Building a better peanut

But even if he should succeed, that won’t be the end of his work. Okello says he’s also busy identifying traits in groundnuts that will help smallholder peanut farms in Uganda become more resilient to increasingly erratic weather and unreliable rainfall. That means breeding peanut plants that mature earlier or later in the season, to help farmers hedge against an increasingly uncertain climate. “We have to come up with resistance to pests, diseases, and tolerance to drought…what we call now climate-smart,” he said. He senses that traits found in wild groundnut plants can lend a hand. Wild groundnuts have good genes, he explained, and they\’ve evolved to handle some of the harshest conditions thrown at them. “Through science, we are now able to get such [wild] genes and bring them back into the groundnut,” Okello said.

“If a new variety doesn’t have resistance to that pest or disease it can never survive anywhere.”

Dr. Okello is also enthusiastic about gender mainstreaming, ensuring there are equal opportunities for both women and men smallholder groundnut farmers. Science holds the key for greater gender equity, too, he insisted. Okello explained how he’s working on developing groundnut varieties that do well in marginal soils because it is often Uganda’s women farmers who are forced to till and farm in these less-than-optimal soil conditions. It’s a win-win proposition as he gains further inspiration from the women he works with at the groundnut fields. For instance, a key difference he’s noticed between female and male peanut farmers is that “their selection criteria are different,” Okello noted. “Women look for nutrition, nutritional traits, whereas the men look more for the market traits.” Thus, Okello’s research into cultivating more nutritious groundnut varieties rich in iron and zinc—a process known as biofortification—is very much in-step with his gender mainstreaming philosophy.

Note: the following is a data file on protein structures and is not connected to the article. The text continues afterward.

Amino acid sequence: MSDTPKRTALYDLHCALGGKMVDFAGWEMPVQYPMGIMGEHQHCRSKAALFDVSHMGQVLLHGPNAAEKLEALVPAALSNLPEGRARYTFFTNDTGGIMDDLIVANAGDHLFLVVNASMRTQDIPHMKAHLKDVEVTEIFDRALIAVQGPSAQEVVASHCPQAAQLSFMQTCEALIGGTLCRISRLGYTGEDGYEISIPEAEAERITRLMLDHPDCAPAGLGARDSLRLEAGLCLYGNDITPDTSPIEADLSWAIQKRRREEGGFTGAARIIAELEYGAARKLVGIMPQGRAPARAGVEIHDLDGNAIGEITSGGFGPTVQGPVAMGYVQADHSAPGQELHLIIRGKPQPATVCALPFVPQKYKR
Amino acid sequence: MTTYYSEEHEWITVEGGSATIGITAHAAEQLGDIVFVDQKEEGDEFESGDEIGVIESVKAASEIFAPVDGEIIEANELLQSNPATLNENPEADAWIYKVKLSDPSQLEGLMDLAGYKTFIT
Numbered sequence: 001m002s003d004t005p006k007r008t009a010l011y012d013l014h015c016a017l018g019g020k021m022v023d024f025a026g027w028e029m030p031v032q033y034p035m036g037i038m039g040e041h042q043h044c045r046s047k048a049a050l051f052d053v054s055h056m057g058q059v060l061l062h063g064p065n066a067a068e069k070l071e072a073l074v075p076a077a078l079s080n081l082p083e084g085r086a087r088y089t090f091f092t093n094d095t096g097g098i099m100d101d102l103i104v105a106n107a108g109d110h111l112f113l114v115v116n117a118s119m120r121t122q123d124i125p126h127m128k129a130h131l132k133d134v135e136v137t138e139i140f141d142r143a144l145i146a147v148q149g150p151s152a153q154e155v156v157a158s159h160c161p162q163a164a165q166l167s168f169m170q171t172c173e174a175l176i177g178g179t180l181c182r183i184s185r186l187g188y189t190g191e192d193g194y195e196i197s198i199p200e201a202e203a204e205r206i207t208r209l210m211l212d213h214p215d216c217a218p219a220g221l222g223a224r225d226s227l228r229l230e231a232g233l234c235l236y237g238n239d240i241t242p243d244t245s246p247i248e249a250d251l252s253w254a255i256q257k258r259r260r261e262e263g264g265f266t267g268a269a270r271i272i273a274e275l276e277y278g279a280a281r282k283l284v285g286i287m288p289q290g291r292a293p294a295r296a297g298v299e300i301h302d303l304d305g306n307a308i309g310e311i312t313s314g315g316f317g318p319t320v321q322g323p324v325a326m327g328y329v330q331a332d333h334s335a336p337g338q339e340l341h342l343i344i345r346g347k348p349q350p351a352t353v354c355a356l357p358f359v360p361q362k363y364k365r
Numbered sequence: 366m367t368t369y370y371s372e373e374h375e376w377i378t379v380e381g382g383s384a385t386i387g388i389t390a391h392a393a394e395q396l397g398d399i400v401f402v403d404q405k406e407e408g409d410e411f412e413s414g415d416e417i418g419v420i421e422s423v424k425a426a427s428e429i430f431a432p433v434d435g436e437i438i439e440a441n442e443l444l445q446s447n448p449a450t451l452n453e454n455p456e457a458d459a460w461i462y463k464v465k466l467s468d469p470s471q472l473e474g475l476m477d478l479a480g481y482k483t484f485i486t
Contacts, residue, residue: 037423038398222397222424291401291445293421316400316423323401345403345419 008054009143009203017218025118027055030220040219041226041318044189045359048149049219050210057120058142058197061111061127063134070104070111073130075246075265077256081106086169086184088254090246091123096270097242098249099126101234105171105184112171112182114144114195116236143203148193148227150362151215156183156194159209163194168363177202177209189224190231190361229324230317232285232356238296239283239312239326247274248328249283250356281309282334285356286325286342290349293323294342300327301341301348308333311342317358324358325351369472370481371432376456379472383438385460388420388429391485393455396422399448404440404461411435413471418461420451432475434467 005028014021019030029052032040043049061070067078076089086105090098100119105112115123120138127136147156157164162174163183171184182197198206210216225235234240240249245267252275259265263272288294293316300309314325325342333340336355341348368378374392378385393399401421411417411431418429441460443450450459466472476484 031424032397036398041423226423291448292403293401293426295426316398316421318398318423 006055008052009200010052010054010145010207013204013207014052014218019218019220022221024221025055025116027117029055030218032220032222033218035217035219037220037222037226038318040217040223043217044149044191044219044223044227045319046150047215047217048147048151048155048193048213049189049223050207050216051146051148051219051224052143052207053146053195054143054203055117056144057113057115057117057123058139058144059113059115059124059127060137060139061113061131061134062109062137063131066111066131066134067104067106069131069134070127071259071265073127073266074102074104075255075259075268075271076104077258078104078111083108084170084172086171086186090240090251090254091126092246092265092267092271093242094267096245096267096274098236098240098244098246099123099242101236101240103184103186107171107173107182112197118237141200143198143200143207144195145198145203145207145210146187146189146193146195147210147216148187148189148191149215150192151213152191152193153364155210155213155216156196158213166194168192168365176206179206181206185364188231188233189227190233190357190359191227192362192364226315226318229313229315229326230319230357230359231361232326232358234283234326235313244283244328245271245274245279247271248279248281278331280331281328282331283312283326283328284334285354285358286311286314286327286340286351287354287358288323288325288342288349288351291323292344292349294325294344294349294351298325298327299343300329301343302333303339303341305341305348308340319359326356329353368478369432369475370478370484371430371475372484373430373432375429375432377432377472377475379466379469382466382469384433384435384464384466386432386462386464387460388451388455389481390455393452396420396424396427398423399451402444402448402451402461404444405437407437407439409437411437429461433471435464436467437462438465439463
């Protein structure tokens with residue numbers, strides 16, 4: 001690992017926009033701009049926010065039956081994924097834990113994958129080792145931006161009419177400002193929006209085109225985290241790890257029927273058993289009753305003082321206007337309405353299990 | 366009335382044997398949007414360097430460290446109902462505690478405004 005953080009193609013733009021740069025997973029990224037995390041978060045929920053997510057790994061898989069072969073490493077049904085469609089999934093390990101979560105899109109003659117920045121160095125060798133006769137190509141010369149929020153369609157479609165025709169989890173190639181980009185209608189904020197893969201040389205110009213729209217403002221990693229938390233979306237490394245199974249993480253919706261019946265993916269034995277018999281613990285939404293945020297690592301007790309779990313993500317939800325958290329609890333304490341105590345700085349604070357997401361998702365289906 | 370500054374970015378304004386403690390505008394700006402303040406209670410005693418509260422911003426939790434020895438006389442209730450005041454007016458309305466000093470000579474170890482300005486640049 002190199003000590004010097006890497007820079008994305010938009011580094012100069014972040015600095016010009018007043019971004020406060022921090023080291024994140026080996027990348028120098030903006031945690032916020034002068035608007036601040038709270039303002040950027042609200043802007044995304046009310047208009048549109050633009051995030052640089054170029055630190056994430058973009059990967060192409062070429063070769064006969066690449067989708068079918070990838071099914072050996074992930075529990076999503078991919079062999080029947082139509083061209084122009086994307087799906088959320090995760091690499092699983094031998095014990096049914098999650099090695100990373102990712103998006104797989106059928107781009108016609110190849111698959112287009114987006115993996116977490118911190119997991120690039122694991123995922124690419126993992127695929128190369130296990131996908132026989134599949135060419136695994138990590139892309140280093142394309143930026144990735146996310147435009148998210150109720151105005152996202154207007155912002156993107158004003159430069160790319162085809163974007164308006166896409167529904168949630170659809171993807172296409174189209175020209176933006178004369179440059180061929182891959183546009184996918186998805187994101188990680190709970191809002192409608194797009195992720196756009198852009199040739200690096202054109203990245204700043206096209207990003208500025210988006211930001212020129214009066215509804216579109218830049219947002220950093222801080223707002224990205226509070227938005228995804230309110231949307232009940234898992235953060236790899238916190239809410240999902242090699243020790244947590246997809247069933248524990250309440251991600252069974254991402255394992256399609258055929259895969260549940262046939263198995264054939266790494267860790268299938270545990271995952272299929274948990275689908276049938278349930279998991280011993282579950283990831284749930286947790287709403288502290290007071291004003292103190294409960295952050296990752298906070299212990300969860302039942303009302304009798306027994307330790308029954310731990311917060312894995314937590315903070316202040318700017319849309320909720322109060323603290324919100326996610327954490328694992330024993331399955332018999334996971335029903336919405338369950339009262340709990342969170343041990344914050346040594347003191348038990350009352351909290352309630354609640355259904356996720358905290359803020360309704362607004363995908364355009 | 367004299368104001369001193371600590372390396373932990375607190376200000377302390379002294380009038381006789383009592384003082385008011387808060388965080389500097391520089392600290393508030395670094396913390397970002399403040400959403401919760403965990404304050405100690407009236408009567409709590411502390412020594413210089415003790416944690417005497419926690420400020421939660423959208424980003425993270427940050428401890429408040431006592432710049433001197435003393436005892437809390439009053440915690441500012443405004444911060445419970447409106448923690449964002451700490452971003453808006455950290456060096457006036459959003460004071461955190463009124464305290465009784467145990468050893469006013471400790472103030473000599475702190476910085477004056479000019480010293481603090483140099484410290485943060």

The worldwide COVID-19 pandemic has slowed Dr. Okello down, but it hasn’t stopped him or Uganda’s groundnut research. Each day brings new threats and challenges, and new ways to outsmart them. The key ingredient is money and resources; luckily, Okello also wears the hat of chief fundraiser at NARO’s peanut improvement project. He said he’s always seeking out new financial resources to further advance his work helping smallholder groundnut farmers by developing disease-resistant and climate-resilient varieties for both primary consumption and industrial use. His country is counting on him. Among the legumes, groundnuts are second only to the common beans in terms of Uganda cooking, cuisine, and nutrition, Dr. Okello said. “We eat lots of groundnuts,” he noted. “It forms the culture of people here.”

Grow Further

Photography credit: Dr. Okello directing undergraduate students on groundnut improvements. David Kalule Okello, Ministry of Agriculture, Uganda.